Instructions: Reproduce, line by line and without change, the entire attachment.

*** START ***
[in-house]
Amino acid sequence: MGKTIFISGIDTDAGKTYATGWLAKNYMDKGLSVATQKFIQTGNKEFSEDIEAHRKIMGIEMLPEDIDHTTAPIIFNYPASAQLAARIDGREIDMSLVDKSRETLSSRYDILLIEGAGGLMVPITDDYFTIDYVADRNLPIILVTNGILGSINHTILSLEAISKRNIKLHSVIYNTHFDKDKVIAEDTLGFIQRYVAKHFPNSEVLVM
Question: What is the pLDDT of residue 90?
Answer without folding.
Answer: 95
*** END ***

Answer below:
[in-house]
Amino acid sequence: MGKTIFISGIDTDAGKTYATGWLAKNYMDKGLSVATQKFIQTGNKEFSEDIEAHRKIMGIEMLPEDIDHTTAPIIFNYPASAQLAARIDGREIDMSLVDKSRETLSSRYDILLIEGAGGLMVPITDDYFTIDYVADRNLPIILVTNGILGSINHTILSLEAISKRNIKLHSVIYNTHFDKDKVIAEDTLGFIQRYVAKHFPNSEVLVM
Question: What is the pLDDT of residue 90?
Answer without folding.
Answer: 95